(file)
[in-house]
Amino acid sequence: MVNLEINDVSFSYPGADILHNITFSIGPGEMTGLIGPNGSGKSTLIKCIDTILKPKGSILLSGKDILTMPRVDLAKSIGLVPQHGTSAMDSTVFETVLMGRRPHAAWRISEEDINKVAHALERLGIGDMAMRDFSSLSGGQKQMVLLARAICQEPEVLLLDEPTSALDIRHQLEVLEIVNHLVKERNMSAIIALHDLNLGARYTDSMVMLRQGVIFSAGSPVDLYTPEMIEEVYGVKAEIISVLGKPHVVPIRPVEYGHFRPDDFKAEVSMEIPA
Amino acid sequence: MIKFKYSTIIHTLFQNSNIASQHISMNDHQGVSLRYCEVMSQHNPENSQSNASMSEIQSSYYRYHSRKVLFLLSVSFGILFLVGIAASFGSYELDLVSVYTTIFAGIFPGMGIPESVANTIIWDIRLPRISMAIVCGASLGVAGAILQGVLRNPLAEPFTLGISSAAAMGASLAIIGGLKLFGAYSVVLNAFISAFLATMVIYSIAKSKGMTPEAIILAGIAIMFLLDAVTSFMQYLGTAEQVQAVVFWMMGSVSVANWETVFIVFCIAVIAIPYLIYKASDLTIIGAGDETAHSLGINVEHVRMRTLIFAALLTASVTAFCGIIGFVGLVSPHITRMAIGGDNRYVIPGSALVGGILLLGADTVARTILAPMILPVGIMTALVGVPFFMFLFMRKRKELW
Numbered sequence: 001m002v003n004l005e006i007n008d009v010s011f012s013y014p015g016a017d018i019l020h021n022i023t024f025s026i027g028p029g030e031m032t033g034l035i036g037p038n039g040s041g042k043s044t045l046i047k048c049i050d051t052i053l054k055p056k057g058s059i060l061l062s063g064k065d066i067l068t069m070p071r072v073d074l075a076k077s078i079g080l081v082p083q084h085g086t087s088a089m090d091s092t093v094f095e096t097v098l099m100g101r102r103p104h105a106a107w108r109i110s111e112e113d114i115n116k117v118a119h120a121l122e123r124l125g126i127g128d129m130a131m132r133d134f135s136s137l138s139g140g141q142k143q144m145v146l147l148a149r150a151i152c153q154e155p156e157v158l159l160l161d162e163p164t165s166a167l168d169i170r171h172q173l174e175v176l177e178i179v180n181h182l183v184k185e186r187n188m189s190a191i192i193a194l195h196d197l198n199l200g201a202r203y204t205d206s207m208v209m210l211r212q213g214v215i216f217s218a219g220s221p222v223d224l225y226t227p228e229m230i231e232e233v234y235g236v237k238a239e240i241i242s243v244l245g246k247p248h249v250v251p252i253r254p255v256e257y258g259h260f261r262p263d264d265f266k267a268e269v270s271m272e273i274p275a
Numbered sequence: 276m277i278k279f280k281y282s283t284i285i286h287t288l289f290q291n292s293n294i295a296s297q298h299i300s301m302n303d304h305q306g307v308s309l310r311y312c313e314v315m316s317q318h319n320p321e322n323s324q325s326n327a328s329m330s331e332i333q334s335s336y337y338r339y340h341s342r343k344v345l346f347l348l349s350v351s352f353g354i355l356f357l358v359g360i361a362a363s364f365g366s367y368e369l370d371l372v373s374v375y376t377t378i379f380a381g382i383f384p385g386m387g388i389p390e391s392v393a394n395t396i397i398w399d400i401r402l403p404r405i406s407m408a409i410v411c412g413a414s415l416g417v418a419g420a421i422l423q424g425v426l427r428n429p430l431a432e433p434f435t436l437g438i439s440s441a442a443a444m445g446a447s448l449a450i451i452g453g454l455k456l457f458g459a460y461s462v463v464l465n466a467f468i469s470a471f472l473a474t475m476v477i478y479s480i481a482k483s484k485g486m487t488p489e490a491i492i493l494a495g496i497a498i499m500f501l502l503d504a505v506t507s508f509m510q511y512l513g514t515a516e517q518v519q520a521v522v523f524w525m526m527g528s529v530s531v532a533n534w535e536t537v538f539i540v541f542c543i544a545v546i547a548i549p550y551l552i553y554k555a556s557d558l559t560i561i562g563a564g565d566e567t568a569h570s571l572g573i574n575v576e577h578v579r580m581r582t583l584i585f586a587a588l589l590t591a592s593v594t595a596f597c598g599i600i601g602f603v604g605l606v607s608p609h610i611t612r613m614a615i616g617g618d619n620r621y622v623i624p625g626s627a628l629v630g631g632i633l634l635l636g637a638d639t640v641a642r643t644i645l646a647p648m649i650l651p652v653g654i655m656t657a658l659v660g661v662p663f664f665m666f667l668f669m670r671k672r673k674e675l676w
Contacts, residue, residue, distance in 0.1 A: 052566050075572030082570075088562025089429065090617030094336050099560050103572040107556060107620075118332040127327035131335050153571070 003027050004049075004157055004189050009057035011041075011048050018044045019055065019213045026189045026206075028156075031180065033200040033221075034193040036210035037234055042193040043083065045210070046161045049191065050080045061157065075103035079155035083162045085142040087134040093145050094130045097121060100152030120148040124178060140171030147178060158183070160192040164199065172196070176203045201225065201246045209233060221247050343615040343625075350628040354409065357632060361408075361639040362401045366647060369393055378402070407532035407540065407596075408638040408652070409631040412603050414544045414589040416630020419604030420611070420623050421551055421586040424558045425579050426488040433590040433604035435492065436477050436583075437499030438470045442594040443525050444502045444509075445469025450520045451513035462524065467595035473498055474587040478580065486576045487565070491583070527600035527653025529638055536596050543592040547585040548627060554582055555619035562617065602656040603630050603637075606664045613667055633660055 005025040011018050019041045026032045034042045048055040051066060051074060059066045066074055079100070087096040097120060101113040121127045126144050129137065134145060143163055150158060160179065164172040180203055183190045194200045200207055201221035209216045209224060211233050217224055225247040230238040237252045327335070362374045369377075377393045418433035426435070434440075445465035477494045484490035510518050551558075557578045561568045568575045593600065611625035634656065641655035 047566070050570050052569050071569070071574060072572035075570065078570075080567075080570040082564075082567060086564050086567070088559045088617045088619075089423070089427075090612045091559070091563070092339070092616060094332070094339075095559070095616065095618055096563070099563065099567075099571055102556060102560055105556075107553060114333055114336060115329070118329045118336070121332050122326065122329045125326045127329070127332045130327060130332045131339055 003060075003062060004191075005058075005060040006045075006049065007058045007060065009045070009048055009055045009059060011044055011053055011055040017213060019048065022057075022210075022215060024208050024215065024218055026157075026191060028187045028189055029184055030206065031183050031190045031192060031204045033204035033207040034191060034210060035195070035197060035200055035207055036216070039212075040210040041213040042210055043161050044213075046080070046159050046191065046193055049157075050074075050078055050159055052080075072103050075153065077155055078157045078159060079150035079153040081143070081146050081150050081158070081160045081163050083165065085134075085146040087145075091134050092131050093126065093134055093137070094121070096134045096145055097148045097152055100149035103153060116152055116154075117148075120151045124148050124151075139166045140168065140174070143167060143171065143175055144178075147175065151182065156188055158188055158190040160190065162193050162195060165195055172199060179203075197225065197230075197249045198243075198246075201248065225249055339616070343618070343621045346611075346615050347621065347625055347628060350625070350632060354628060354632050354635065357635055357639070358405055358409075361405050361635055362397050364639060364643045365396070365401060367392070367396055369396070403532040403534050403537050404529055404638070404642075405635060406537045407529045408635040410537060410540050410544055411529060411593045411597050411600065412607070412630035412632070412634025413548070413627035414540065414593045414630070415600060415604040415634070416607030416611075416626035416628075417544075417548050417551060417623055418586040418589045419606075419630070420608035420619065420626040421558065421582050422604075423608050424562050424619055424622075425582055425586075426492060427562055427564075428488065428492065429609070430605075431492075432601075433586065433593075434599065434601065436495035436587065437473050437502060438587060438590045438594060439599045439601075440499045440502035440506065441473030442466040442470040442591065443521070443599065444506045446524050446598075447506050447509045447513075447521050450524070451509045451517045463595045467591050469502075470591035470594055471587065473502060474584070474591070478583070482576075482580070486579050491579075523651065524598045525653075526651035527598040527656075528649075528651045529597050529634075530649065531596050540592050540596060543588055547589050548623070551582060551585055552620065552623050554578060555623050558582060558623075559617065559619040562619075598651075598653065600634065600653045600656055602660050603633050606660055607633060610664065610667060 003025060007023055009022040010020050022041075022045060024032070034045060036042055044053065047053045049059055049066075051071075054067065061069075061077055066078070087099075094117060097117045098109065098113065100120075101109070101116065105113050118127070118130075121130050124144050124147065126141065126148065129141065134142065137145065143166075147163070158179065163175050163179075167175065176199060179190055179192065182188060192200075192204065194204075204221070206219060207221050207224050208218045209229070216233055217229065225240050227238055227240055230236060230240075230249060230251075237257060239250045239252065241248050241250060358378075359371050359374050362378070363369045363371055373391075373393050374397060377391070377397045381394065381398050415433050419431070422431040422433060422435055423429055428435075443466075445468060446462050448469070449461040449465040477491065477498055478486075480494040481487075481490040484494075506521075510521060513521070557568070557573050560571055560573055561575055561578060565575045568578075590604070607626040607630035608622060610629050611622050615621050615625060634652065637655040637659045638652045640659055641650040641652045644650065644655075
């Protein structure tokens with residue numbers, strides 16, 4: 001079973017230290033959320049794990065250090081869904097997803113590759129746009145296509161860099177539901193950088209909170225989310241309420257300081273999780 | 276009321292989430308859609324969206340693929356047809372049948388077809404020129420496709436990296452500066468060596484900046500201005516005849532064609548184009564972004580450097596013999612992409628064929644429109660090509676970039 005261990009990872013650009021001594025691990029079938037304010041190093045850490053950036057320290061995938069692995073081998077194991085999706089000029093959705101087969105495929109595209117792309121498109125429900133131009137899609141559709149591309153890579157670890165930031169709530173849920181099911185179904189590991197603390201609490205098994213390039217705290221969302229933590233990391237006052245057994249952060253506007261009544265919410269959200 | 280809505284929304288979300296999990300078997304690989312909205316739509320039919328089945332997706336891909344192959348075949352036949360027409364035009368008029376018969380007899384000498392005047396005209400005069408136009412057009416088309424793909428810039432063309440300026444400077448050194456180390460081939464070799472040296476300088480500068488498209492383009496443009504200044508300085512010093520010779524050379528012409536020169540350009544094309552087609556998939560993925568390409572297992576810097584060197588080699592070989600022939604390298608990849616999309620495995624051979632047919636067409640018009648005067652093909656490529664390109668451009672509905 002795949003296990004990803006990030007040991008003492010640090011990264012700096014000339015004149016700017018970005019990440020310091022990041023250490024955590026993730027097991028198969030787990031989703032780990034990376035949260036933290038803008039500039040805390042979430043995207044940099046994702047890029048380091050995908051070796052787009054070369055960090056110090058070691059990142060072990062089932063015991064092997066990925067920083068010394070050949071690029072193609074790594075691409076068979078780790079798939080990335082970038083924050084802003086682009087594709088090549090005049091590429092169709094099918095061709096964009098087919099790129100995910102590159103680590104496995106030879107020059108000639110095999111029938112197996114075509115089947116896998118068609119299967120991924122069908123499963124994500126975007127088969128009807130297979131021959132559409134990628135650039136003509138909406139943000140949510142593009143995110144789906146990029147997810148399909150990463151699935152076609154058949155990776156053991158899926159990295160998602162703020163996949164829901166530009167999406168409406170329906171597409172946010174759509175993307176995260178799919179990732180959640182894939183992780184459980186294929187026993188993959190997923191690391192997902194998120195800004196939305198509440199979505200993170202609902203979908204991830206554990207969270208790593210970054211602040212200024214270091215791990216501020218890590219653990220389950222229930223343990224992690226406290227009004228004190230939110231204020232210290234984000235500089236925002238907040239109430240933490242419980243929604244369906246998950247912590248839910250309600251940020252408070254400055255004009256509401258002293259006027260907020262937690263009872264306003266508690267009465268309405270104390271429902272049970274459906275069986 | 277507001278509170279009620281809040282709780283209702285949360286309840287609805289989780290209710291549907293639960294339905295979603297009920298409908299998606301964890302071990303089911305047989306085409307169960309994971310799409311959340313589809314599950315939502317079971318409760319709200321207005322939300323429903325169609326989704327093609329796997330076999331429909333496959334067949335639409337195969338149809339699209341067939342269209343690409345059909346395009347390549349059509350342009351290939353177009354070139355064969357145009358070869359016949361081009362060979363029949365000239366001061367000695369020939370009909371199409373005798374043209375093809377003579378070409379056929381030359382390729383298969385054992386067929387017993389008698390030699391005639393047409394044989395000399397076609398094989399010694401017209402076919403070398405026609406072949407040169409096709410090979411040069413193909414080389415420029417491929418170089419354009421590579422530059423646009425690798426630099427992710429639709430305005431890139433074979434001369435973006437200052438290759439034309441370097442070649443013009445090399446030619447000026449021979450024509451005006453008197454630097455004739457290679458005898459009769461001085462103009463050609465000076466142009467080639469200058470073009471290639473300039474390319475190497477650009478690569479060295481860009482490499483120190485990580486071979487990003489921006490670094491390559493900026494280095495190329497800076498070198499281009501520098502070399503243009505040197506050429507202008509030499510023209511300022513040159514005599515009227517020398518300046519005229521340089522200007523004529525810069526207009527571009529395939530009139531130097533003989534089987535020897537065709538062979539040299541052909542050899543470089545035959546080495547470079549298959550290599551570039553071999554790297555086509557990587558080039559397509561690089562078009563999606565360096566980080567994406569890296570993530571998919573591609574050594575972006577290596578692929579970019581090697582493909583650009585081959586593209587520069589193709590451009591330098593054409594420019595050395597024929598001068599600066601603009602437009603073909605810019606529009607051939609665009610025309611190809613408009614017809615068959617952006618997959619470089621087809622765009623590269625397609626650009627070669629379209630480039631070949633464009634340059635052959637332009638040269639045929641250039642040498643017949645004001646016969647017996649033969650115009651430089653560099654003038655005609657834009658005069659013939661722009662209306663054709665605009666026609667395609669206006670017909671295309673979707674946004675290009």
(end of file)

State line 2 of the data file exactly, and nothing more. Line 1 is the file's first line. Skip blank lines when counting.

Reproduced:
Amino acid sequence: MVNLEINDVSFSYPGADILHNITFSIGPGEMTGLIGPNGSGKSTLIKCIDTILKPKGSILLSGKDILTMPRVDLAKSIGLVPQHGTSAMDSTVFETVLMGRRPHAAWRISEEDINKVAHALERLGIGDMAMRDFSSLSGGQKQMVLLARAICQEPEVLLLDEPTSALDIRHQLEVLEIVNHLVKERNMSAIIALHDLNLGARYTDSMVMLRQGVIFSAGSPVDLYTPEMIEEVYGVKAEIISVLGKPHVVPIRPVEYGHFRPDDFKAEVSMEIPA